The consequences of declining dynamism
While economic dynamism has powered U.S. prosperity for generations, it is now declining in nearly every definition of the term, according to new research from the D.C.-based think-tank and advocacy organization Economic Innovation Group (EIG). In Dynamism in Collapse, an analysis of economic conditions from 1977 to 2014, EIG finds that dynamism has decreased substantially, as seen in diminishing rates of job turnover, the share of employment in new companies, and the percentage of the population moving across state lines. This eroding dynamism, the report finds, has led to considerable challenges for regions, markets, and workers.
While the rate of business closures has remained steady over the timeline analyzed, EIG finds that the rate of new business formation has plummeted, an effect exacerbated by the great recession. This marked the first time in American history, according to EIG, that companies died at a faster rate than they were born. EIG suggests that this declining dynamism has led to more geographic inequality, as many regions see historically low levels of new business starts. Overall, six out of seven regions failed to keep pace with the national startup rate.
A visual representation of metropolitan level firm dynamism, seen below, highlights this inequality: in 2014, roughly three-fifths of regions saw more businesses close than open. Of the 366 metropolitan areas studied, just five – New York, Dallas, Houston, Miami, and Los Angeles – produced the same net increase in businesses as the rest of the nation combined.
Declining dynamism has also influenced the structure of enterprise and employment. From 1992 to 2014, firms that were at least 16 years old went from representing 23 percent of total firms to 36 percent. Likewise, a record 74 percent of the workforce was employed by a firm that is at least 16 years old in 2014, up from 60 percent in 1992. In addition to firms being older, industries are also more concentrated, as defined by the share of total revenue going to the top four firms in a given sector. An analysis in The Economist finds that 66 percent of industries became more concentrated from 1997 to 2012.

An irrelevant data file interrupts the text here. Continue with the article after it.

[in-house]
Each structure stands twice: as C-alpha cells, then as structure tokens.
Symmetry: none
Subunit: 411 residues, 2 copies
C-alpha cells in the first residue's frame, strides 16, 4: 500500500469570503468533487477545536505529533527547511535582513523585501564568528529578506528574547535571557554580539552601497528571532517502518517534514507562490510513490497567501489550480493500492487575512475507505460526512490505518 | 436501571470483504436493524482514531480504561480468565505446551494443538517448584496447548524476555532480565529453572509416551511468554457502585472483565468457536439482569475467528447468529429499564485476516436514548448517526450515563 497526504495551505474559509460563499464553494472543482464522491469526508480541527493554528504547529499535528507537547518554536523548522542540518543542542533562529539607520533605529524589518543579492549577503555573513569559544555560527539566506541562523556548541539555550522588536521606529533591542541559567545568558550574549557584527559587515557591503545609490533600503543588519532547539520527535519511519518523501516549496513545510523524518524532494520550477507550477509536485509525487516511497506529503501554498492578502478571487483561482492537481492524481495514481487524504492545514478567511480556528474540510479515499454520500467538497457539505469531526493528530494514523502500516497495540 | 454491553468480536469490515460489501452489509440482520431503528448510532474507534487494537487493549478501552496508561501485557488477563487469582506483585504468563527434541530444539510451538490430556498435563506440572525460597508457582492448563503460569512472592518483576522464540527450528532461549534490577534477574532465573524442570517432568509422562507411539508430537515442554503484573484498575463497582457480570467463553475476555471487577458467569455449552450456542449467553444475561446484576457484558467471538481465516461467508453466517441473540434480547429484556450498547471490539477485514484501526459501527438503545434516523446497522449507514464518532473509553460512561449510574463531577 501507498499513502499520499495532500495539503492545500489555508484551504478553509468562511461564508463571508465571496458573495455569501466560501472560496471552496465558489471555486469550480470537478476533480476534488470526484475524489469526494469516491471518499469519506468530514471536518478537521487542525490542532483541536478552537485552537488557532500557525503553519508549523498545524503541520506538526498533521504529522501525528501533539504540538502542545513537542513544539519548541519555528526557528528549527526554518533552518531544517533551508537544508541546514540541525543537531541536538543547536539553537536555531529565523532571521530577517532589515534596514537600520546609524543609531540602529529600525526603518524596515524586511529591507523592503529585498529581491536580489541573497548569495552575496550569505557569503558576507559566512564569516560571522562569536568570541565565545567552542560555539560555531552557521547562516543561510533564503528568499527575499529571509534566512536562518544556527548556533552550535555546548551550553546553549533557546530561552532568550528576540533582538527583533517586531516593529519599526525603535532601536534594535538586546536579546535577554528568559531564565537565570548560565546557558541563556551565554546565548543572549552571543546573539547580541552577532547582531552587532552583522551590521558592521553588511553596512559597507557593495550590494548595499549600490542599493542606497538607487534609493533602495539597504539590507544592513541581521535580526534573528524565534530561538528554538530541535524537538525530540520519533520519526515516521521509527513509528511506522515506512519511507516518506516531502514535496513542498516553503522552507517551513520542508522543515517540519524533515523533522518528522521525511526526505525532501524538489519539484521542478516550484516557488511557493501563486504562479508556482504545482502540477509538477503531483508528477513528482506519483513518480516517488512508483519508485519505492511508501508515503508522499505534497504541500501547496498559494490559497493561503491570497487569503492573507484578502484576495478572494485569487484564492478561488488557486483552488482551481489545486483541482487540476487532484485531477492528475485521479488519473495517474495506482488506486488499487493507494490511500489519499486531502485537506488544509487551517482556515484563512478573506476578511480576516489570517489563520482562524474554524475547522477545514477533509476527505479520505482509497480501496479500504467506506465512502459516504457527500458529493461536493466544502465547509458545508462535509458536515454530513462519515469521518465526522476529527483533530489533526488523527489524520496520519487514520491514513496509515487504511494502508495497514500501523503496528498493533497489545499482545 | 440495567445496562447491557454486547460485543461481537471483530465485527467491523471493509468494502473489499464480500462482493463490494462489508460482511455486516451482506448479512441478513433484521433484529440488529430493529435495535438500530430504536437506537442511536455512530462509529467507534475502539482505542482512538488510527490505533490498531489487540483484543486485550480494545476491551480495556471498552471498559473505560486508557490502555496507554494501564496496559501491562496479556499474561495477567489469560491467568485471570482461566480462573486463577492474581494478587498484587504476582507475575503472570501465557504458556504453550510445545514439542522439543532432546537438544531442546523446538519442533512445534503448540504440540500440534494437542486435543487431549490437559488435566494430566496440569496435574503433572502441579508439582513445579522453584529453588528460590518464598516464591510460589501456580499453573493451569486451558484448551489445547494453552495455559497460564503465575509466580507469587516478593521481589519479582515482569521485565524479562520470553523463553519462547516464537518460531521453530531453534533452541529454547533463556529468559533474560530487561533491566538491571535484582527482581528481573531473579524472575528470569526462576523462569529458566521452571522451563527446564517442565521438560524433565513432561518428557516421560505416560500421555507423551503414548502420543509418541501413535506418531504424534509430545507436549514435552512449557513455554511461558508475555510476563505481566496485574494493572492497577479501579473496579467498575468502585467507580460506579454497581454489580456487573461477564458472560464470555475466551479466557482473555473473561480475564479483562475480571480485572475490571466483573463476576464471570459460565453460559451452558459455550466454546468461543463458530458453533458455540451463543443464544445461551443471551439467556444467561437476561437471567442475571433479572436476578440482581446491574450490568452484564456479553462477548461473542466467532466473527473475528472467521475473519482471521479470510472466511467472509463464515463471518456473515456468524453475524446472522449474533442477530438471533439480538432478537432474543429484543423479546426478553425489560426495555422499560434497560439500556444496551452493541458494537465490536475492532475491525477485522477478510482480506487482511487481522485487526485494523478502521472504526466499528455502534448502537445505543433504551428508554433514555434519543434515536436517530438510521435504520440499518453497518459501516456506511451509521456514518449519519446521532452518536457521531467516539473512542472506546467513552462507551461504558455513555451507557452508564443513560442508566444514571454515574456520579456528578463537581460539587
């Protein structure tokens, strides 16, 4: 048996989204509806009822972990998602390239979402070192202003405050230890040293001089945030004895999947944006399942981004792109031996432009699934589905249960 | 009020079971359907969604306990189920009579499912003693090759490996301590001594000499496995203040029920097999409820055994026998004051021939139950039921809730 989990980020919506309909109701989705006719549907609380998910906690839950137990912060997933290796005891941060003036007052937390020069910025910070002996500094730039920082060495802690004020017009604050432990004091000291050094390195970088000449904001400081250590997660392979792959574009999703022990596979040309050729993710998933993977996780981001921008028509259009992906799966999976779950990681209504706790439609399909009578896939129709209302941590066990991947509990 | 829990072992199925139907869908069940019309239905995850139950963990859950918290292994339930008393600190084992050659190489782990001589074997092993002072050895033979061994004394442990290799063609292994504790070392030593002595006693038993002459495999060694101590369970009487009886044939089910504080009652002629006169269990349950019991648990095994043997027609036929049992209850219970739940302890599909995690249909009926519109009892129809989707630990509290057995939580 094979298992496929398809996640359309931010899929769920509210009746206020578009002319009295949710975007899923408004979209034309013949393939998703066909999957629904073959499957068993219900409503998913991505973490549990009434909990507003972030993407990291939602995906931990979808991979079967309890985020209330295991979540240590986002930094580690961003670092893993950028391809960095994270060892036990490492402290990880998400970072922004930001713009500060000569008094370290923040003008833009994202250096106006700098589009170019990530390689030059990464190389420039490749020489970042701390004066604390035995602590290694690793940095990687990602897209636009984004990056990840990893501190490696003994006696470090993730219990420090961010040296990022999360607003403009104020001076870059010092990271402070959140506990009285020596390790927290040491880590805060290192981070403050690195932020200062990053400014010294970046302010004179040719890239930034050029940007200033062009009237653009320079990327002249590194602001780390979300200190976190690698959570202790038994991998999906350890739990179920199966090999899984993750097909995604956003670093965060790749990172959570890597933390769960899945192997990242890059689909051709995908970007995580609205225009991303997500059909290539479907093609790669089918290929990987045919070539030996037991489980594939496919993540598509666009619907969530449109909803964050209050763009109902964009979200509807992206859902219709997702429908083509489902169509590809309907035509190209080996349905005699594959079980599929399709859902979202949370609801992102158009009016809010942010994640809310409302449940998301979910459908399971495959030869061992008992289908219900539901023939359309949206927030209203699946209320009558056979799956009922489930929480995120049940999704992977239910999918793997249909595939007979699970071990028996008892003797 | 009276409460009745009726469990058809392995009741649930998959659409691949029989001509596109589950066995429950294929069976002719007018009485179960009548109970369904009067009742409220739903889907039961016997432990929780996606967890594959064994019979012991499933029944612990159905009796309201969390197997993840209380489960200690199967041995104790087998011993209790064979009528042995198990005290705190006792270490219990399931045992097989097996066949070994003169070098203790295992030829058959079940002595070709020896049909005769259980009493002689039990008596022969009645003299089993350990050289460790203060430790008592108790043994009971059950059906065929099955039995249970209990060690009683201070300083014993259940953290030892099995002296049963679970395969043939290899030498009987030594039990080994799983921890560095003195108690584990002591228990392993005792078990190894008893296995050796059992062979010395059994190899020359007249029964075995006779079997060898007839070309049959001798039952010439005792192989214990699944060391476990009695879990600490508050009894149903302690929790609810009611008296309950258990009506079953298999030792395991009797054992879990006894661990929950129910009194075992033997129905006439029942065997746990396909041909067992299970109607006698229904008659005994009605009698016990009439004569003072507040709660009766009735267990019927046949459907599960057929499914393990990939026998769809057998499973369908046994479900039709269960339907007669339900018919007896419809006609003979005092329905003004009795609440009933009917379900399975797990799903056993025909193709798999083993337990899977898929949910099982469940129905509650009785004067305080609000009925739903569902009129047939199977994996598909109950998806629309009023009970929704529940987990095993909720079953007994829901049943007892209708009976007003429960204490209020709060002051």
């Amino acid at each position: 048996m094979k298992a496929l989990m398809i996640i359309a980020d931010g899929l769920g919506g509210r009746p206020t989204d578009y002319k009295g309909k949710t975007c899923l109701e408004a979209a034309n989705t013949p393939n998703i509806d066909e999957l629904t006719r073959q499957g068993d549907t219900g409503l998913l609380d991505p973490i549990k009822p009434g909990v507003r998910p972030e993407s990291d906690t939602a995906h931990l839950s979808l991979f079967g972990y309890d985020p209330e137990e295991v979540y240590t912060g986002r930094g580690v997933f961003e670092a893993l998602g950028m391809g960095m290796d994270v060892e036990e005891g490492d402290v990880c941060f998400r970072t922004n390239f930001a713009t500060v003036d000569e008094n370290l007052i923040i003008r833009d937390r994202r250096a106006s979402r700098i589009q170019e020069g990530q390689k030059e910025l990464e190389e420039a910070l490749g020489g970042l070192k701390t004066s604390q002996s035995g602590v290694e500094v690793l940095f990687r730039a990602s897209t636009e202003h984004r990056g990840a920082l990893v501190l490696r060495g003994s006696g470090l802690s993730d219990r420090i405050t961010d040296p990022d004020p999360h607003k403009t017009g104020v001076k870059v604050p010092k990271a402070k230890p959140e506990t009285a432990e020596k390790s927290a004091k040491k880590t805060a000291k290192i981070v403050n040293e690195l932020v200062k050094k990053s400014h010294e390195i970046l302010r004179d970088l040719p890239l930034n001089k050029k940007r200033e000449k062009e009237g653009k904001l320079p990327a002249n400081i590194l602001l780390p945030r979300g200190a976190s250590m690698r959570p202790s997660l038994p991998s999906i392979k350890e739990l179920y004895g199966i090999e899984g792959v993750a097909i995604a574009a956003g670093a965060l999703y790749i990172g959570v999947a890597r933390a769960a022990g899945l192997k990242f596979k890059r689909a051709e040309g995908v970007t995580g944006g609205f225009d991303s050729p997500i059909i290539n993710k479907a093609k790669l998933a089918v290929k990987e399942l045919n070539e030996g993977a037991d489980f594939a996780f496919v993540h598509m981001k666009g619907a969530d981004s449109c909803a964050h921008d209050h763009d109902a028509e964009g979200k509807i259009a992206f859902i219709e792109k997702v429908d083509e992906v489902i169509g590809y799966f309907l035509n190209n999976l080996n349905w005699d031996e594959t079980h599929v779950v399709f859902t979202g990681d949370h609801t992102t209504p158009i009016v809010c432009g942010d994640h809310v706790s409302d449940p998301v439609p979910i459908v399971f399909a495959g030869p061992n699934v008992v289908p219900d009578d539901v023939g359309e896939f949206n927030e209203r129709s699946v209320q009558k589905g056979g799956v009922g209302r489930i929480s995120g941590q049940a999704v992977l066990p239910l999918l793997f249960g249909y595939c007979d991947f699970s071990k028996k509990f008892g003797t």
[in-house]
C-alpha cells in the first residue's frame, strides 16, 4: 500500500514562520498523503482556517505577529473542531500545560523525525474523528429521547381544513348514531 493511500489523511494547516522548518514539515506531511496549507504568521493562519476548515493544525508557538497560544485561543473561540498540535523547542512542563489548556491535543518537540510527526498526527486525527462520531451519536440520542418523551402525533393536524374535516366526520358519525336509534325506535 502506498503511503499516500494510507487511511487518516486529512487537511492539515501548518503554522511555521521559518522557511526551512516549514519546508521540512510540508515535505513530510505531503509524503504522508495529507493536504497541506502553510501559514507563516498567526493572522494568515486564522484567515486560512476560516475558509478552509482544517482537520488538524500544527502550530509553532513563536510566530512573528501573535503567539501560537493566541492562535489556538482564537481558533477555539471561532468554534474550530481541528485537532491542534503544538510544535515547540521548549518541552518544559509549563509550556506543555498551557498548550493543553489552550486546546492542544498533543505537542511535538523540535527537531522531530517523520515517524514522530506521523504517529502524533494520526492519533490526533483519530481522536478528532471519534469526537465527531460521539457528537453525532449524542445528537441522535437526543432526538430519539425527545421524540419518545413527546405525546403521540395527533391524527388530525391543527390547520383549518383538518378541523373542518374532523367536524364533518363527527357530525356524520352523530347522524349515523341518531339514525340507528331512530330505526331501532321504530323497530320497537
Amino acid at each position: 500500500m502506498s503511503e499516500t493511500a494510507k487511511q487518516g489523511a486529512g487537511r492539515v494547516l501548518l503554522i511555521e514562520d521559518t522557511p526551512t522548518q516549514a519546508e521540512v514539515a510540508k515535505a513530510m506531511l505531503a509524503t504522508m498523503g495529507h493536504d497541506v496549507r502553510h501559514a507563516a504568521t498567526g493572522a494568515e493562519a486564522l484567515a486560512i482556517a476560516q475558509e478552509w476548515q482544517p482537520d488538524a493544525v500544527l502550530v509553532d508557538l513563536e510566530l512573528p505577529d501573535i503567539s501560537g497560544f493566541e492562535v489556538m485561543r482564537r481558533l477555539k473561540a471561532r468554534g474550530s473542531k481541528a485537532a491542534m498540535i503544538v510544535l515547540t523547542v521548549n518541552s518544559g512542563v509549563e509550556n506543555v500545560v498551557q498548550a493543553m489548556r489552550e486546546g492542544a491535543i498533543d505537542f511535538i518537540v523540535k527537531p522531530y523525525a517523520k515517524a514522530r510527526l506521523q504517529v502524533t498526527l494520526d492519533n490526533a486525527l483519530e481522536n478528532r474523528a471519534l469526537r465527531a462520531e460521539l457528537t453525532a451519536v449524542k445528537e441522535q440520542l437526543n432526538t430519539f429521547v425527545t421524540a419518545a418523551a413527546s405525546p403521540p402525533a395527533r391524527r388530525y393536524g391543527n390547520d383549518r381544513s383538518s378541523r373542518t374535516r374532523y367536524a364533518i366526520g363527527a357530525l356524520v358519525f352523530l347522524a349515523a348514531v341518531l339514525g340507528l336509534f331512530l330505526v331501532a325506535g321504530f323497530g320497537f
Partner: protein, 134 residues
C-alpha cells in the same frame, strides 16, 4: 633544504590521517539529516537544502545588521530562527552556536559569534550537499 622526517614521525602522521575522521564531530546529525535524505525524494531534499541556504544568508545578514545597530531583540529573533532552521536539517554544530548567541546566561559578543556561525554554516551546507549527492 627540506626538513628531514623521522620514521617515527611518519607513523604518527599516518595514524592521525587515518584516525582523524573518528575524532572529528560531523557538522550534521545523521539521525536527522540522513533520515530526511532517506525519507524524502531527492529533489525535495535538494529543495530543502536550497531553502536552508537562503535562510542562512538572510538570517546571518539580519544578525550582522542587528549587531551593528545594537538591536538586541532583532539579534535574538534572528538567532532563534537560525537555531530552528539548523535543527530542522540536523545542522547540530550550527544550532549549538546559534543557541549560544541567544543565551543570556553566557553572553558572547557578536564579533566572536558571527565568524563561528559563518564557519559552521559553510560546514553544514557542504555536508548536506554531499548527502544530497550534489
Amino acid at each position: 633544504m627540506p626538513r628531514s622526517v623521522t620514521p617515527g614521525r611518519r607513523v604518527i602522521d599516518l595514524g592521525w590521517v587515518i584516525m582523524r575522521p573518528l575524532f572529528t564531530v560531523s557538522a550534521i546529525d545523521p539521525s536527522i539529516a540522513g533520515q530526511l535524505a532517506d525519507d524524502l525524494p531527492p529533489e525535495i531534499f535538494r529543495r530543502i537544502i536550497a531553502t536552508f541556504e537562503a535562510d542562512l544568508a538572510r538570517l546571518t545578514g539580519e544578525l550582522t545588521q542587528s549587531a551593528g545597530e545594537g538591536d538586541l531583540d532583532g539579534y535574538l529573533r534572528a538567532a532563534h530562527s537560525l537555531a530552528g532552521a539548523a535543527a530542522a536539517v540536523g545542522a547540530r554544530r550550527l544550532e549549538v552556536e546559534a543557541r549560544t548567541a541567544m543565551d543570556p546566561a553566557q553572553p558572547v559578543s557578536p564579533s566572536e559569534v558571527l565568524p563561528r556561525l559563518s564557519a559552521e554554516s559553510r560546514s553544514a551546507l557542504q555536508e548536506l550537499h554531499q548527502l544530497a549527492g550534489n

A combination of increased concentration and decreased dynamism means fewer job options for workers and lower wage growth, EIG argues. From 1992 to 2014, new businesses created 2.9 million net new jobs, while incumbent firms typically lost more workers than they hired. EIG estimates that, had the 2006 rate of business starts held constant through 2014, there would have been 154,000 additional startups in 2014 that would have led to 924,000 new jobs.
EIG points to the Investing in Opportunity Act (IIOA), a bipartisan proposal first introduced in the Senate last April and reintroduced last week, to address the issue of declining dynamism. The act would allow private investors to pool money into “Opportunity Funds,” which would be located in state-designated “Opportunity Zones” in distressed communities, which would be defined by indicators such as educational attainment, employment, poverty, and housing vacancy rates. Because the investors would be able to defer paying capital gains if they are reinvested in the zone, the bill’s authors suggest that this incentivizes long-term commitments to these communities.
The report concludes by noting that no one silver bullet policy can solve the problems inherent in declining dynamism, but that should not stop policymakers from engaging in the topic. Fostering entrepreneurship in a greater portion of America, EIG argues, is crucial to repairing the American Dream and strengthening the country’s future competitiveness.